Why death defines us
What I read, shocked me. Top headline: "Joan Rivers Dies". Now, I did not know her, and I can't remember seeing much of her work, other than a snippet here and there, acknowledging her acid tongue jokes, or the fact that she has had a tad too much plastic surgery.
Why I was shocked is because this vivacious woman, with her wits about her, was fine one week, and had passed the next - almost without warning. You may say that she was 81 years old, and had a good innings, but she also was a very active woman with a lot of life to live and had a job doing live television when most would be resting in their rocking chairs.
Only weeks after getting over the reality that a childhood favourite, Robin Williams took his own life, I feel that death has all of a sudden become a part of my life - and to be honest I don't want a second of it.
It seems that I don't go a day without hearing about someone dying, which I believe kind of goes with the territory when you get a bit older. Whether it is someone you know, someone from afar or a friends uncle, cousin, brother, mother or companion.
What I have come to realise is that in death, we somehow get defined in a way that is final. That's who we are- or more precisely were. The outpouring of grief from Robin Williams' friends and fans was heartfelt. My friends relative died last week, an important father figure to him, and when asked about it, my friend said "he was a gentleman". Steve Jobs, was defined as one of the world's greatest entrepreneurs - the person you would want to be in your top 5 people at the dinner table.
How people see us in our final resting place is the way we are remembered and each of us have a different story to tell.
From what can be seen as morbid, or alternatively a celebration of life, is quite simply how people define us and perhaps an acknowledgement of kind of our personal brand.
So I gave it some thought and here is how I would like to be defined for my life's work:
- Kind: Being kind is one of the most important values that anyone could possess. You don't need to have money to be kind, nor do you need to have time or resources. It is simply remembering that doing things for others without expecting anything in return is kind.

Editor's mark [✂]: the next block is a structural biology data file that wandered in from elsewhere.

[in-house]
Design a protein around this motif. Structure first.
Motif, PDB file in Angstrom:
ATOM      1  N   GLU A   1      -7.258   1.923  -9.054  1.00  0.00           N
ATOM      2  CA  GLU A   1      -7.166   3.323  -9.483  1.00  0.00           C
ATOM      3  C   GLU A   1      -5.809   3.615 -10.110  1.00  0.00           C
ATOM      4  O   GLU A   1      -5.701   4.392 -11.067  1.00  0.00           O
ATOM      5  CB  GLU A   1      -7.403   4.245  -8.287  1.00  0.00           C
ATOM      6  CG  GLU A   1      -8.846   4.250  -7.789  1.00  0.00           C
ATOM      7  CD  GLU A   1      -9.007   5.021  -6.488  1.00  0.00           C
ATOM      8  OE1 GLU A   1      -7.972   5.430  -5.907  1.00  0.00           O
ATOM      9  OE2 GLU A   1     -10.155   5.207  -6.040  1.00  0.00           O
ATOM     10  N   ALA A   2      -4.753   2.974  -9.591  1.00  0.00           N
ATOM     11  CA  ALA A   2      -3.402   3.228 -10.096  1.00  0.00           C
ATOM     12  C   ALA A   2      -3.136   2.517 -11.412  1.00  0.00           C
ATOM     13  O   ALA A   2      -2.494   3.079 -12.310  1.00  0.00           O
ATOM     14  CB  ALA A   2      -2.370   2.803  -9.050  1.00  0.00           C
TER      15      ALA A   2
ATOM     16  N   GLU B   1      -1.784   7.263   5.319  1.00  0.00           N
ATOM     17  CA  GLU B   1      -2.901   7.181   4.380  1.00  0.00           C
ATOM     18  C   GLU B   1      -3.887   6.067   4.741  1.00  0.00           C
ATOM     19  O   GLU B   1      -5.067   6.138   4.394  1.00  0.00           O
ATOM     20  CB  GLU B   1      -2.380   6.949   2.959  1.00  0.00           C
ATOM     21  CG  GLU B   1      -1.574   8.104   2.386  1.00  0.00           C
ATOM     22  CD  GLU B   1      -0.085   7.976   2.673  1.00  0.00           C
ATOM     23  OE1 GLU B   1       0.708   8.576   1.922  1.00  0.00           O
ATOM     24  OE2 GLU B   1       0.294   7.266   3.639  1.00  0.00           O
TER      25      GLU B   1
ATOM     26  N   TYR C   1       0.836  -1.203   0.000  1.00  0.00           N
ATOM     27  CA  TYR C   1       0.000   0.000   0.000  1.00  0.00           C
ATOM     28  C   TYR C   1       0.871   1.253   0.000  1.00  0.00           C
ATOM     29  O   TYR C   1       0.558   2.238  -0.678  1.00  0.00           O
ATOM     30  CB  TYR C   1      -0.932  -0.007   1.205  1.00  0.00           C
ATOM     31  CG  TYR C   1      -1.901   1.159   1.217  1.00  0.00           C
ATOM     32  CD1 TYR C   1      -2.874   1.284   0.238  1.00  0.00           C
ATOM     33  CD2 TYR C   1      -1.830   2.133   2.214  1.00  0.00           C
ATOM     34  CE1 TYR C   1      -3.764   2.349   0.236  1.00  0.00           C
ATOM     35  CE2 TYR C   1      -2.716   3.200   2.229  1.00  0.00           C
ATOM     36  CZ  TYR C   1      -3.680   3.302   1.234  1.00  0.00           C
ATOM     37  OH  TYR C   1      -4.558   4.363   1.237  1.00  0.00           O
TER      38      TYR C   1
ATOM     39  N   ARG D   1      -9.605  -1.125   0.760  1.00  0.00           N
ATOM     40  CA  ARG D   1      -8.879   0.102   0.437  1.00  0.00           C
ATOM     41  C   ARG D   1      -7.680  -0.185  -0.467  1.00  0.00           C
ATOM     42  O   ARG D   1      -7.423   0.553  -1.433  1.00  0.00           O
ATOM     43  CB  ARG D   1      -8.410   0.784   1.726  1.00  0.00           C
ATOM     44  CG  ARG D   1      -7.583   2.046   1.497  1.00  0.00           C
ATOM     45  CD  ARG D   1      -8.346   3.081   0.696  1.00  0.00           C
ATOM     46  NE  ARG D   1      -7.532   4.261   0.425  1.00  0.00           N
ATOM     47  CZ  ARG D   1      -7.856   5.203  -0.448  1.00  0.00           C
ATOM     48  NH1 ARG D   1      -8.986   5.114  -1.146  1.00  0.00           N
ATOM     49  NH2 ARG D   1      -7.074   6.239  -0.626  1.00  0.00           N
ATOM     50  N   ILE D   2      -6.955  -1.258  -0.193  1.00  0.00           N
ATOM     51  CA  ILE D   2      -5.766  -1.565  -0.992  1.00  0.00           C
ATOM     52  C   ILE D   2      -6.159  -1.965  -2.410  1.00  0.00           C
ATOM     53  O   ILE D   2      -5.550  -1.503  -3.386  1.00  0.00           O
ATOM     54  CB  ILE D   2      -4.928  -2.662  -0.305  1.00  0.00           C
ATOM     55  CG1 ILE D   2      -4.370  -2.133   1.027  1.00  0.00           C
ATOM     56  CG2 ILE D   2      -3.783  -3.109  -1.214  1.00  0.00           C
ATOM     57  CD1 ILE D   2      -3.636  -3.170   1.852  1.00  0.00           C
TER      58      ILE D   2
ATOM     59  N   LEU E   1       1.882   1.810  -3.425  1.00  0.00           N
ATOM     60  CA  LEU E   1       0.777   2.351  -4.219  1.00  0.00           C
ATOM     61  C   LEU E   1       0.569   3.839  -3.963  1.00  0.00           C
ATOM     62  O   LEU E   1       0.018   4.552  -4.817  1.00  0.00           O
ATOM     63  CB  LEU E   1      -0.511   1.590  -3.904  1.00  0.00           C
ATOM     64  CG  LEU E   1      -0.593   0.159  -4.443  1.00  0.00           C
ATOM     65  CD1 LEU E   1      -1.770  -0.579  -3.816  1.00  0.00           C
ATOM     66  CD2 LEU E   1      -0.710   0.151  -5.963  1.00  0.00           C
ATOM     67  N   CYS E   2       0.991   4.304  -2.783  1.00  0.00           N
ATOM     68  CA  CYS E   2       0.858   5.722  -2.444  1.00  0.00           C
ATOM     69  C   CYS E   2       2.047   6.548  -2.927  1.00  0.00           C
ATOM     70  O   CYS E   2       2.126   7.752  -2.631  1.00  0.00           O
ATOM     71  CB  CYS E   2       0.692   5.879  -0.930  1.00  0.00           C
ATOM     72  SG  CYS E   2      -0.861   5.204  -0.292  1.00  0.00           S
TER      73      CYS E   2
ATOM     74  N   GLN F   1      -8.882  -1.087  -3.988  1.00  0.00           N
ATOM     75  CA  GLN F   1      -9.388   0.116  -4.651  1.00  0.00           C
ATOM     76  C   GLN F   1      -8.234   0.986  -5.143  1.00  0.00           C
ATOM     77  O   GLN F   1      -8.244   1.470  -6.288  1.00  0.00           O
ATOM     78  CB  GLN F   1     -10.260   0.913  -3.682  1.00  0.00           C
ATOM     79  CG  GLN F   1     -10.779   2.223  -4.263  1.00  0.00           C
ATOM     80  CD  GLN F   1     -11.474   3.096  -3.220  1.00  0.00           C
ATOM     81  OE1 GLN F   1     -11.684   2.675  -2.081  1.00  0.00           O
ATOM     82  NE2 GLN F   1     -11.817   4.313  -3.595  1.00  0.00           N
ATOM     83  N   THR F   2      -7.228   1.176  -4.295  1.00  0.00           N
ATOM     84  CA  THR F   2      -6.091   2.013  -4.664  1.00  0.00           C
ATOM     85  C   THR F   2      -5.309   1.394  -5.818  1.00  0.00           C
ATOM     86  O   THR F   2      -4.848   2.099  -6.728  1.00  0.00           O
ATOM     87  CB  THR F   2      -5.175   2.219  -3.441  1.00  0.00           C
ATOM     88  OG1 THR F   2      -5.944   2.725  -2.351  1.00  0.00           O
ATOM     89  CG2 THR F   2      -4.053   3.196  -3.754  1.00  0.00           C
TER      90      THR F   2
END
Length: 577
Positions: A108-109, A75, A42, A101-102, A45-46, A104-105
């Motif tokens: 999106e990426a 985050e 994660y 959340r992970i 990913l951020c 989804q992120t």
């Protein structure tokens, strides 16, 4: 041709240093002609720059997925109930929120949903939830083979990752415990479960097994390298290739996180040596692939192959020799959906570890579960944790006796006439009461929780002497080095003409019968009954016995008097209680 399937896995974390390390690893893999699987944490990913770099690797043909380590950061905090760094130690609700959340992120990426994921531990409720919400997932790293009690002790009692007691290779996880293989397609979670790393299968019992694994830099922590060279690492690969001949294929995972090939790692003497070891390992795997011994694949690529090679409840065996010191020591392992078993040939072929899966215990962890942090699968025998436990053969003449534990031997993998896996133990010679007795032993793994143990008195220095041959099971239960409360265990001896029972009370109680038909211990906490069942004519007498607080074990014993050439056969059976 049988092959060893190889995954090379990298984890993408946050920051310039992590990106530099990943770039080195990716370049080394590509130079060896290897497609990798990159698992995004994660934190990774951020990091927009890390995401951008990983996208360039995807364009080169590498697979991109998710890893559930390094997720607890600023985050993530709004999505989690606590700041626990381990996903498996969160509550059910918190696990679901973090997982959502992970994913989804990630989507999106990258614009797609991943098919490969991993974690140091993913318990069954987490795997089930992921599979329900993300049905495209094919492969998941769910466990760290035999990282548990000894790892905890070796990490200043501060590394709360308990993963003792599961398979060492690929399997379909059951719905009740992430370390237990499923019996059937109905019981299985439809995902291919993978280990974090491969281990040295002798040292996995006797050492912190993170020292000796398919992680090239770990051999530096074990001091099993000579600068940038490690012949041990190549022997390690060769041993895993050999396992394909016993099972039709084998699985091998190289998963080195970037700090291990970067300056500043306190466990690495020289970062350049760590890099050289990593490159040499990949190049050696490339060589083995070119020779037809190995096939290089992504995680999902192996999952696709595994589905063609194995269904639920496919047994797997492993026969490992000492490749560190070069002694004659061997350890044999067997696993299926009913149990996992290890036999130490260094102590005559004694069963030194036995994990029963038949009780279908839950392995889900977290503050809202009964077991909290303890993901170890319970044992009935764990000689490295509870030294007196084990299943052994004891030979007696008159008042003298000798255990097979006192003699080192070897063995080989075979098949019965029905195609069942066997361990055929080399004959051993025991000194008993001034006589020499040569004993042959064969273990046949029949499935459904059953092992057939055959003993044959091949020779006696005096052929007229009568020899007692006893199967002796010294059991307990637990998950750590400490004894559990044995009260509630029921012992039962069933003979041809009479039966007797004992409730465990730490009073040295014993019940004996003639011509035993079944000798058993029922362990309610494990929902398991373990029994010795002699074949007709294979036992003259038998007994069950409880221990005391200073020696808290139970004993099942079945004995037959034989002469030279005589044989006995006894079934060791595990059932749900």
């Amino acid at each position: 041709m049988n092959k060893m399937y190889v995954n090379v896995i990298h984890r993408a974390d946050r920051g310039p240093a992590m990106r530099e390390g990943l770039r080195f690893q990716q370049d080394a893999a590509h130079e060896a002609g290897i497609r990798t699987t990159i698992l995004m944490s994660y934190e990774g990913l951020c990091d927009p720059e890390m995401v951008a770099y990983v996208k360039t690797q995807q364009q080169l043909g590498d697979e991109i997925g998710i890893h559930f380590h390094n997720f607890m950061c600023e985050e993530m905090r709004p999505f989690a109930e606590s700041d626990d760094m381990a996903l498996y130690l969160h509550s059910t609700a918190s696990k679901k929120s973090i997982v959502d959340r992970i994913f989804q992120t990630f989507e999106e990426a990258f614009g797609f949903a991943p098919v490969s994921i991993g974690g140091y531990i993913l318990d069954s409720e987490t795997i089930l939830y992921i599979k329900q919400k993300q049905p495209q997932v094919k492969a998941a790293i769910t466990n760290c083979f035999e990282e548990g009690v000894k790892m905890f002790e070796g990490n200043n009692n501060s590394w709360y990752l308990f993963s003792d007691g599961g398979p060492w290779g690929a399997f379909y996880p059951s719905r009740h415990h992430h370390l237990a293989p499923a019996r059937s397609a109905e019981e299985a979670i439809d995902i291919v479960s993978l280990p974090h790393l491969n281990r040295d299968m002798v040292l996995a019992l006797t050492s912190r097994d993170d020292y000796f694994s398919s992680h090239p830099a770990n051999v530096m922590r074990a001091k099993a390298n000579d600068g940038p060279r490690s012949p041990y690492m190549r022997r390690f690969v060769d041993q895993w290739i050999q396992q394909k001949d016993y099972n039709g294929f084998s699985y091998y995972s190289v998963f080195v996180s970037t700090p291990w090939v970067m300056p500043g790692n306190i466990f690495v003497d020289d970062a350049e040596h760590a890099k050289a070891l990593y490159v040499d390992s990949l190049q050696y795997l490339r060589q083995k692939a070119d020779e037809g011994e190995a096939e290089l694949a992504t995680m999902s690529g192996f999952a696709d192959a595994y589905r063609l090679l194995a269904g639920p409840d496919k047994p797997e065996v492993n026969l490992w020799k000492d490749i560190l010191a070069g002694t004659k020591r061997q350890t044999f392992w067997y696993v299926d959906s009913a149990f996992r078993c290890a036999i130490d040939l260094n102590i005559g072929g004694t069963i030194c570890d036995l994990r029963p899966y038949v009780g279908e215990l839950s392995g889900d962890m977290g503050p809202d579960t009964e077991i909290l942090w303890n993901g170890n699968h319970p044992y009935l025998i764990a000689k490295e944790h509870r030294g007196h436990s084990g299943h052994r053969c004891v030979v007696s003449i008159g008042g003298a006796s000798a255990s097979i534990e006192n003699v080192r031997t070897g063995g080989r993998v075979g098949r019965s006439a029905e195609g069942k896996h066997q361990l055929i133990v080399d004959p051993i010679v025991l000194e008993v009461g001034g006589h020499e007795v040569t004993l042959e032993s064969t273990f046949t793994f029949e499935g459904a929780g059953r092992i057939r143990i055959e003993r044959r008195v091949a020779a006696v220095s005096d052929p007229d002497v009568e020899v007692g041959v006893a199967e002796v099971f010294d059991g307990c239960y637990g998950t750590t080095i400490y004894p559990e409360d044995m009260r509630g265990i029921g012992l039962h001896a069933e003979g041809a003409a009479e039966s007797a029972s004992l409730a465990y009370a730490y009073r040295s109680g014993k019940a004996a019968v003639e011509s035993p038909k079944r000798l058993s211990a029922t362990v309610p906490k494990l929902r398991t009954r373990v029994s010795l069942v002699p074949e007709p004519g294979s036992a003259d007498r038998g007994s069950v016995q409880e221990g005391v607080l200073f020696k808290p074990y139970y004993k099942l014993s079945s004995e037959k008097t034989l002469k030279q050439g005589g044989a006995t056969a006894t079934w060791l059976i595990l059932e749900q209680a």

- Thoughtful: People often get busy in everyday life or absorbed in their own state of affairs and forget to be thoughtful. I have had the absolute privilege to have some very thoughtful people in my life who no matter how busy they get or how many things impact their lives positively or negatively, they remain thoughtful. A Hermes scarf to someone who only had a day to live, was a classic example of one of my mentors being thoughtful. A simple card that says that you are special and mean something to someone is another.
- With purpose: Life needs purpose and sometimes that's harder to define than it sounds. Some people get married and have children, and that is their 'purpose' while others become musicians or poets. Having a purpose and a reason to have a footprint on earth, is important - but it may take a lifetime to realise what that is.
- Friendship first: I am a fiercely loyal friend and after many years of playing the social calendar believing that there is more than a handful of people that may be considered your true friends, I have finally turned a corner. If you can count your closest friends on one hand, then you have done well. Friendship is not a fairweather play, but not too dissimilar to being married; sickness and health, good and bad - a friend is a friend. Sacrificing doing something you want to do to be with a friend in need is a sign of good character.
- Good manners: I am a stickler for good manners and it still causes me irritation when the simplist form of good manners is neglected. Saying 'hello' and 'goodbye', are easy to do, and 'thank you' should just roll off your tongue. Opening the door for a woman, or waiting for someone to finish talking before interupting them with what you have to say, or walking on the outside curb (man) as a woman walks on the inside - are all very simple things to do - and just a sign of a good upbringing and good manners.
- Give more than you take: Give, give, give - and expect nothing in return. It's a mandate that I live by yet sometimes even for me, I get a little disappointed at those who just take, take, take.
It's the relationships we form in the life we live and the little things we do - that we don't require recognition for - that leave as a lasting impression.